Yes! This is yet another reason to breastfeed. Breastfeeding is associated with profound uterine contractions (nope, you’re not done with those — sorry!), so you may feel some pretty intense abdominal pains when you breastfeed during the first couple weeks. But all that hurting will actually pay off, shrinking your belly to its pre-pregnancy size (or at least pretty close to it).
Right after you give birth, you’ll probably feel as light as a feather, and may find yourself blessing complete strangers even if you’re not religious. At one to two days after birth, your uterus is about the size it was at your 18th week of pregnancy, so don’t be surprised that you still look pregnant. It will get progressively smaller as the days go on. By one week postpartum, it will be closer to the size it was at 12 weeks pregnant, and by six weeks postpartum, it will be pretty darn small. Breastfeeding just helps accelerate that whole process.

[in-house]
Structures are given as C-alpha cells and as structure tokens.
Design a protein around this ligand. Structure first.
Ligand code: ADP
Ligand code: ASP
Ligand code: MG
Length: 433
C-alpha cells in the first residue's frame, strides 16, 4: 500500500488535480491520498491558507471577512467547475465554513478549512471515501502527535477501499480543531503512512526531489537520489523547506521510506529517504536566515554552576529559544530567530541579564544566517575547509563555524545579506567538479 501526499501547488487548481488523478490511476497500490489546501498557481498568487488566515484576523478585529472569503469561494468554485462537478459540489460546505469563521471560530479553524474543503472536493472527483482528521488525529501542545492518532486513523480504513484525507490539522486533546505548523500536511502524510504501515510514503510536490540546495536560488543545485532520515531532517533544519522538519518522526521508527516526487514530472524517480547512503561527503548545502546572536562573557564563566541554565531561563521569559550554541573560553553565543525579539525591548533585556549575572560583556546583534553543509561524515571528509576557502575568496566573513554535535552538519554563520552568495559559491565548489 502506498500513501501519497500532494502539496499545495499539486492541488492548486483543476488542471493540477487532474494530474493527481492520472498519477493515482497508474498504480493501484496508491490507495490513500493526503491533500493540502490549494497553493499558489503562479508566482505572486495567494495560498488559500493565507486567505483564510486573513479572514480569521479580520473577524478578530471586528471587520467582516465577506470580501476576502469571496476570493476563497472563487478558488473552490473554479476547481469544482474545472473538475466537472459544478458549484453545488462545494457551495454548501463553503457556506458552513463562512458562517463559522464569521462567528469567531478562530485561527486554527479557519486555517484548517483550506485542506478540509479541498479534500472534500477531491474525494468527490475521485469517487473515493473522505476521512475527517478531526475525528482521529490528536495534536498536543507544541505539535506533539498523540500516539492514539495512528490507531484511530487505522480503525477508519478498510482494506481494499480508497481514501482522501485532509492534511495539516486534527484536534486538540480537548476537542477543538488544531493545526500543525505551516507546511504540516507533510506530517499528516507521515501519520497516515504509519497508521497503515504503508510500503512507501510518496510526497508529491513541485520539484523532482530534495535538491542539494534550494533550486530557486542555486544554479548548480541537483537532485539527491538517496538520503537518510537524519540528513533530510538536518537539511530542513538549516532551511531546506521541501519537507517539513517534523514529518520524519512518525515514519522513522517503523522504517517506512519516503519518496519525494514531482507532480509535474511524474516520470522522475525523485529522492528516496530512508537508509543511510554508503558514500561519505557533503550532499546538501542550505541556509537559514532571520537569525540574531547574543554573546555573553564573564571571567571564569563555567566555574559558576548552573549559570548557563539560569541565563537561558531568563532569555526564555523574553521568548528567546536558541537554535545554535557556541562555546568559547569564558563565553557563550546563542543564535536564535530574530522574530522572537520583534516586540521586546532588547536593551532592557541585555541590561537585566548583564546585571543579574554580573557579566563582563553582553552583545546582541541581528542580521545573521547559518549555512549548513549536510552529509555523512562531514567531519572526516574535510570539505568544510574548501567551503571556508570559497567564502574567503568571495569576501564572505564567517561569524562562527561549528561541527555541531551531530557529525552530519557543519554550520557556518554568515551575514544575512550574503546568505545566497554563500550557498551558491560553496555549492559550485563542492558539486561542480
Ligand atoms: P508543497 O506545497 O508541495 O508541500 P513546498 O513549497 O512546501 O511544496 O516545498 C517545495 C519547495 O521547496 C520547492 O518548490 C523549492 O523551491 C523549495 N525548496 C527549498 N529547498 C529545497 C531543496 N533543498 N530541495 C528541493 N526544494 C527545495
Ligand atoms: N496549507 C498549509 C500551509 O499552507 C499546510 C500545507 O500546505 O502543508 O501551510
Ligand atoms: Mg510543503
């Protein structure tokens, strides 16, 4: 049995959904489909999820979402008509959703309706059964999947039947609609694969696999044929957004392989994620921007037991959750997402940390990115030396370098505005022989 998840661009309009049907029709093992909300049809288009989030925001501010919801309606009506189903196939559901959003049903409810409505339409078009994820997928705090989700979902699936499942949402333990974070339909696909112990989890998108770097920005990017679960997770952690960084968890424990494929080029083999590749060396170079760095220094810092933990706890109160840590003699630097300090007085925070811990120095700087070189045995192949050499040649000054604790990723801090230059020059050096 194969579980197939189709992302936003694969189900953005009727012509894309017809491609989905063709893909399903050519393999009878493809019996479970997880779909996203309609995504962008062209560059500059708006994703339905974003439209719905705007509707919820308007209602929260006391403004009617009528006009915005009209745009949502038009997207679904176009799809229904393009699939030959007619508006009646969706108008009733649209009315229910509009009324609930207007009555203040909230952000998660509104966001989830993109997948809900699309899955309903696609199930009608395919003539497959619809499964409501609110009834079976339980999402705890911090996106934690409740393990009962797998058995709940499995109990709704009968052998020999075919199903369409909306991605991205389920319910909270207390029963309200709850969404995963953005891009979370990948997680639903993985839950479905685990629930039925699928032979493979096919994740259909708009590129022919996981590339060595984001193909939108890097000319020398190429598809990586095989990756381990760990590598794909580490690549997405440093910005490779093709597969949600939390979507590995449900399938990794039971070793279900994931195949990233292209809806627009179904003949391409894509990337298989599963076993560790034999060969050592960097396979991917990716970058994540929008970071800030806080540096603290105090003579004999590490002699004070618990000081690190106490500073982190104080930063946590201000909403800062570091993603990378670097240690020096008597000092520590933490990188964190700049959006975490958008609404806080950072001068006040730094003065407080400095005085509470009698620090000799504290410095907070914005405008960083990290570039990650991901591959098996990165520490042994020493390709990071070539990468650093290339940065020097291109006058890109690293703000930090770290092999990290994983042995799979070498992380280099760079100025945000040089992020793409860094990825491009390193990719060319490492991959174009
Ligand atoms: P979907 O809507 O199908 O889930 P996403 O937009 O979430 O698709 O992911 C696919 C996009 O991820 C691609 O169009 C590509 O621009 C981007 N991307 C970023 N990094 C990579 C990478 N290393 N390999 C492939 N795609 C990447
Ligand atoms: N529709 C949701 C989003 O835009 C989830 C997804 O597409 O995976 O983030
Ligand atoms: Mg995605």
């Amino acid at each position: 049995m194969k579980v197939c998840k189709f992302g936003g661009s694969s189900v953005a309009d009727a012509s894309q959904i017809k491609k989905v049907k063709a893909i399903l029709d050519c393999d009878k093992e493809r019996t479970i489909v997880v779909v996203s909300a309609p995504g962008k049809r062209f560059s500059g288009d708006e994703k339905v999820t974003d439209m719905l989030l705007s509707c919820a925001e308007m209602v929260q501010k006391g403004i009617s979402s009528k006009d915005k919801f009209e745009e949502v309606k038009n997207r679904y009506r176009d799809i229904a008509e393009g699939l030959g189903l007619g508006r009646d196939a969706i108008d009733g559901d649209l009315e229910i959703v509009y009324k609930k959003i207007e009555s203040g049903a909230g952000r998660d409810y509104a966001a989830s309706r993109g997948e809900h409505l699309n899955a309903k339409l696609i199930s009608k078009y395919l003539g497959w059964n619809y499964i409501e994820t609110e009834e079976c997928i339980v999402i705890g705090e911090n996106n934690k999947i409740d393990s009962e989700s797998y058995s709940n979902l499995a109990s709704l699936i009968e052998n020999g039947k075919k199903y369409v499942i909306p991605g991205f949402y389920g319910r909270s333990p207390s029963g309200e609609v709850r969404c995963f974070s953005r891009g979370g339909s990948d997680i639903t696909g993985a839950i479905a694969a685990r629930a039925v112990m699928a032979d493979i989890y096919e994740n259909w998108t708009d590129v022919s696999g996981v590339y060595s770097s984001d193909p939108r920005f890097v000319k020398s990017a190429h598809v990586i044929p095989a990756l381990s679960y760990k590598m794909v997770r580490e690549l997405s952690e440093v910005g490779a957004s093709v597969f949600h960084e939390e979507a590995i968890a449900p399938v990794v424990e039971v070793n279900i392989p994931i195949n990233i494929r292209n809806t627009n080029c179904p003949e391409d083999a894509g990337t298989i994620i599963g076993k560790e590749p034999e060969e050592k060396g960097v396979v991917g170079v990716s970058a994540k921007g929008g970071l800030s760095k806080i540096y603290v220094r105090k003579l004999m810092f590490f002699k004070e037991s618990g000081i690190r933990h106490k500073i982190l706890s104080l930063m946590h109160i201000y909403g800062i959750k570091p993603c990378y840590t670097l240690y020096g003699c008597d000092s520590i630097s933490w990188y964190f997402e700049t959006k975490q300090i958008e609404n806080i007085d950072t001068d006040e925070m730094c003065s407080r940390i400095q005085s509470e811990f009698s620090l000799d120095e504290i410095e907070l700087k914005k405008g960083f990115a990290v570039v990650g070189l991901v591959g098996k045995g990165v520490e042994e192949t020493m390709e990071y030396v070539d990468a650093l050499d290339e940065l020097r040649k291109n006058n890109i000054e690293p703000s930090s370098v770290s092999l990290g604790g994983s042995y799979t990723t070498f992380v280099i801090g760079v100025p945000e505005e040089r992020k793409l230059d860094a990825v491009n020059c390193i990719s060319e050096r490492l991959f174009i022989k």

Breastfeeding is also associated with less blood loss after delivery, and it helps you lose any extra pregnancy poundage, since you’ll burn more calories to make milk for baby (note: breastfeeding is not your go-to weight loss plan; it’s not going to magically take off all your weight — but it helps). It also reduces a mother’s risk of ovarian cancer and premenopausal breast cancer. So nursing baby isn’t just good for her, it’s good for _your _health and your recovery too.
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